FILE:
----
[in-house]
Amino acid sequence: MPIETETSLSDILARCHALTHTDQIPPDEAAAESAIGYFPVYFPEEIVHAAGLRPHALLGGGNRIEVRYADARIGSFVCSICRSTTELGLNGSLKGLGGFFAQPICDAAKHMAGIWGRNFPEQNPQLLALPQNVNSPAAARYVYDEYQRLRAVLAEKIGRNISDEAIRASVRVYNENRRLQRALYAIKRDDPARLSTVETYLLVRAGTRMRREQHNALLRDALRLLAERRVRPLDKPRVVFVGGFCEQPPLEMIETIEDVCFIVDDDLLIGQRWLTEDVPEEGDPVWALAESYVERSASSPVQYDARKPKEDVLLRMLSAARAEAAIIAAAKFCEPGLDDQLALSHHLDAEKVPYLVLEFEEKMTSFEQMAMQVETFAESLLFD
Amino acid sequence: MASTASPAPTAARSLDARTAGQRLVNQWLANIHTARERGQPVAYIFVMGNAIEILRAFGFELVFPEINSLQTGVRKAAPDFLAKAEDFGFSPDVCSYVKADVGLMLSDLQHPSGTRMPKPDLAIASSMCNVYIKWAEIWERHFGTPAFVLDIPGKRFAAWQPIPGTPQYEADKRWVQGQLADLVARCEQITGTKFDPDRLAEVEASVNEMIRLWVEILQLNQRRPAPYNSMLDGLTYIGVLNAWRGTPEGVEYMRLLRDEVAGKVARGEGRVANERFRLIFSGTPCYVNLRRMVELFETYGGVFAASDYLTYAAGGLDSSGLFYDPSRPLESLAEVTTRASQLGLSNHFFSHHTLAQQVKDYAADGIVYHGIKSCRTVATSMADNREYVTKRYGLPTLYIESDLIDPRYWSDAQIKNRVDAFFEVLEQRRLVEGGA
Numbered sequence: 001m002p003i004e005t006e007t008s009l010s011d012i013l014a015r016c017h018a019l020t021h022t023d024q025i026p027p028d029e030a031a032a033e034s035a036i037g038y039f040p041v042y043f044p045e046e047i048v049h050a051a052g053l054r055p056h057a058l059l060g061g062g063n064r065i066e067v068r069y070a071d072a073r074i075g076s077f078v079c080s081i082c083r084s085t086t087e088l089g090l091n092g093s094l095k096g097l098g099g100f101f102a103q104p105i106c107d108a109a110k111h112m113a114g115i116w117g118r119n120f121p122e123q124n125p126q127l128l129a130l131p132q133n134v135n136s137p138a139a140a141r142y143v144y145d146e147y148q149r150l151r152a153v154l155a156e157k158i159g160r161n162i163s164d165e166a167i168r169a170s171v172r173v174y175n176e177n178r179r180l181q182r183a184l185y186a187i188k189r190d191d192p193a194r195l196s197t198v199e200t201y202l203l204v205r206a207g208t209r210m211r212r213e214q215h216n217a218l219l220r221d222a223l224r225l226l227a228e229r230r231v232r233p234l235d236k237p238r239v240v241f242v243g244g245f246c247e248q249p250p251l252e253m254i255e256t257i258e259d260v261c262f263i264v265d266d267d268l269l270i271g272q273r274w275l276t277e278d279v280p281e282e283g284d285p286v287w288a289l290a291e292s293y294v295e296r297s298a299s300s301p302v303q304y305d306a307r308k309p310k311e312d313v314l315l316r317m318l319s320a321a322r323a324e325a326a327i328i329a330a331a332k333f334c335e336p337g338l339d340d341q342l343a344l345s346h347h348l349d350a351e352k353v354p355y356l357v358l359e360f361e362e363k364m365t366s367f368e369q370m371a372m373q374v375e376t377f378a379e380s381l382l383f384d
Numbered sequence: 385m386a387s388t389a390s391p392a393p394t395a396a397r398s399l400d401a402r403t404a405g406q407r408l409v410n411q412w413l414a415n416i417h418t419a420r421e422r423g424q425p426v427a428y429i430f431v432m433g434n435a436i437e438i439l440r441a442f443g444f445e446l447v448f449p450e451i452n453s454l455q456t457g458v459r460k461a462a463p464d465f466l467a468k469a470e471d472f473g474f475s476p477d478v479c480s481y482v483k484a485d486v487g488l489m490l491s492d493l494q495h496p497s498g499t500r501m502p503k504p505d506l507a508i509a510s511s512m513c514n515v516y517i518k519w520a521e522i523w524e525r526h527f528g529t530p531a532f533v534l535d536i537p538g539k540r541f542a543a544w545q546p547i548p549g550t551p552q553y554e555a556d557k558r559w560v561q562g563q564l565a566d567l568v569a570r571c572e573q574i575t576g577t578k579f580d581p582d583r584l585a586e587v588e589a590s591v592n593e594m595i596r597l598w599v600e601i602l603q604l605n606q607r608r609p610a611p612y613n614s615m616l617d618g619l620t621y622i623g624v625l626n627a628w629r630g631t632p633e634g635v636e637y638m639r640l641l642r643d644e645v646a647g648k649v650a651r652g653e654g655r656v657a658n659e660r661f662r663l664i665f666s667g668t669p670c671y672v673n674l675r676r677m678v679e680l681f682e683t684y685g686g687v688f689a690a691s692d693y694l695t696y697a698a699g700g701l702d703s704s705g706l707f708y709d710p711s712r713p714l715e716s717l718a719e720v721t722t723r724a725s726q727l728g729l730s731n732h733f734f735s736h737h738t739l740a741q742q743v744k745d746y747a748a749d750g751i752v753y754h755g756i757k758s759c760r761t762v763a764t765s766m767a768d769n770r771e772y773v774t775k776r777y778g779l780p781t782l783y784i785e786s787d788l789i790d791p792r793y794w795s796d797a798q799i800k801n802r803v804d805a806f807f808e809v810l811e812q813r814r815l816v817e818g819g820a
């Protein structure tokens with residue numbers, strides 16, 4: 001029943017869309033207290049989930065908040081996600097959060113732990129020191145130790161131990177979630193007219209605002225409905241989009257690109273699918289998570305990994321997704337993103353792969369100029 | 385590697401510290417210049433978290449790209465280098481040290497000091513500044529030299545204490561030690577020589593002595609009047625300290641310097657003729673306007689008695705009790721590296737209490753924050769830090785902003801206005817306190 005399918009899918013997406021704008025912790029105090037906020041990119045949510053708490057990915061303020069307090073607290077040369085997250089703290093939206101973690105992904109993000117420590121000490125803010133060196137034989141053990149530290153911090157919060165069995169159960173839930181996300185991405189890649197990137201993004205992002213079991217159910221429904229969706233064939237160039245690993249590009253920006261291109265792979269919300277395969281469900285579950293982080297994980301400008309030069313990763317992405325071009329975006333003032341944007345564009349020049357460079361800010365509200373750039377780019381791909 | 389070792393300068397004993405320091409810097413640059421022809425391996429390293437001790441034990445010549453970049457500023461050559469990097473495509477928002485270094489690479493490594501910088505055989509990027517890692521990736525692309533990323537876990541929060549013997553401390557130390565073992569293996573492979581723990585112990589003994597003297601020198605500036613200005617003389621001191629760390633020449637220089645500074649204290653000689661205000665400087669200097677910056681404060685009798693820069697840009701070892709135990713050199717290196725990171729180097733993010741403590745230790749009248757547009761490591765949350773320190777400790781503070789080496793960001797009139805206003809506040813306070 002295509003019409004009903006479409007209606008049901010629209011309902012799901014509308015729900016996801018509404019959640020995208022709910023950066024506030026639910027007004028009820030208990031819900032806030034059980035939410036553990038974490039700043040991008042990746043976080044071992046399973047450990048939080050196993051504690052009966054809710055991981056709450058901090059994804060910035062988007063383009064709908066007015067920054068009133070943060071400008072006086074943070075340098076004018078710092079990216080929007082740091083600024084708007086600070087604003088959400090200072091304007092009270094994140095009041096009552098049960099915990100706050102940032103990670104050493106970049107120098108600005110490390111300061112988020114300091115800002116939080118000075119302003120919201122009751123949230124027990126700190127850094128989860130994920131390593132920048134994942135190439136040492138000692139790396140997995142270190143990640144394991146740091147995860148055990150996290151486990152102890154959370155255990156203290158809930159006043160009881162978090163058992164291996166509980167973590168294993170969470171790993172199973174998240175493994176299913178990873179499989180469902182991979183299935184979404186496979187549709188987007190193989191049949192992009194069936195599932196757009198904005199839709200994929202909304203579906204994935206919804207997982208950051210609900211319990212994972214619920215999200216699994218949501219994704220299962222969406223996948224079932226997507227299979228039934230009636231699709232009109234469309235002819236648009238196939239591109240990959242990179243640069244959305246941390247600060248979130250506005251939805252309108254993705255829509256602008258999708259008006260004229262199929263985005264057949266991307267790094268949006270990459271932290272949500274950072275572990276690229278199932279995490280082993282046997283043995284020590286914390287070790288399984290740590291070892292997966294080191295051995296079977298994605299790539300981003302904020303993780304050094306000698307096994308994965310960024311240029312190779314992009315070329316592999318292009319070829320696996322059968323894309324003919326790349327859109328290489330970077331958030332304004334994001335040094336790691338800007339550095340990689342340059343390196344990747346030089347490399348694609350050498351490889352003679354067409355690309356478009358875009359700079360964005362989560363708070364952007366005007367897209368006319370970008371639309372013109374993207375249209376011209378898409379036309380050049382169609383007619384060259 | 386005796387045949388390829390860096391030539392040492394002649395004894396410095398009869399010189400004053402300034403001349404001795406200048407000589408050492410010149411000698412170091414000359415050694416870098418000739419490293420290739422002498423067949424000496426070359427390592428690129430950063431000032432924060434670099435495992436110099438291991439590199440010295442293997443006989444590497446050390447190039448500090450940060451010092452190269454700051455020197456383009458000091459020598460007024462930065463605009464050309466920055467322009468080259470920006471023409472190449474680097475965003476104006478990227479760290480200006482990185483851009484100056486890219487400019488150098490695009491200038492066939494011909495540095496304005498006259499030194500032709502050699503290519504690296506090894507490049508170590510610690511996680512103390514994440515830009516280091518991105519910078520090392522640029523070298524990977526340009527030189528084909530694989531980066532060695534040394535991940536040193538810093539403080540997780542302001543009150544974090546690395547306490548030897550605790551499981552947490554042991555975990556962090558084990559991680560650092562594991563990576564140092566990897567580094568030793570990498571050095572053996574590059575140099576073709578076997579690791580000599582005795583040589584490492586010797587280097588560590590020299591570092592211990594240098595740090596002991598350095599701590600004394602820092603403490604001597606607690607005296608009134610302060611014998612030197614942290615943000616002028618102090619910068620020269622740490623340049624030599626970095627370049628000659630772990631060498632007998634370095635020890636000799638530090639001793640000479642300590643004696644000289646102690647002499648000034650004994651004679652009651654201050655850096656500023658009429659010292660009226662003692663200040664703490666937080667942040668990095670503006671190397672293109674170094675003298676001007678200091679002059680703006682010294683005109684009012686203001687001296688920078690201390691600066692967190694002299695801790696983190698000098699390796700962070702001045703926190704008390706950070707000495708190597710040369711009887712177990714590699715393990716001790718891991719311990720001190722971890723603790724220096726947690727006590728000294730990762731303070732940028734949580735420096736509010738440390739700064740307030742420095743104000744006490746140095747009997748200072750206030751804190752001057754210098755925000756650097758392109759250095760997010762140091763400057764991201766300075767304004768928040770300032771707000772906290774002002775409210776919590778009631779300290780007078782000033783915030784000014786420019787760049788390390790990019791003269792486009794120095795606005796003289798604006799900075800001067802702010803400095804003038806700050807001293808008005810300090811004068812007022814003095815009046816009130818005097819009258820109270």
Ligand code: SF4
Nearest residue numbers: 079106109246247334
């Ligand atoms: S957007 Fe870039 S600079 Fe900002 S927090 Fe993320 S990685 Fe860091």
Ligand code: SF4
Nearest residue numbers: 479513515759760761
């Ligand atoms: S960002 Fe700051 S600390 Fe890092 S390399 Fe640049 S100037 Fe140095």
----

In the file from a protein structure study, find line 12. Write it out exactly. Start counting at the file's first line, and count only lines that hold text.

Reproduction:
């Ligand atoms: S960002 Fe700051 S600390 Fe890092 S390399 Fe640049 S100037 Fe140095």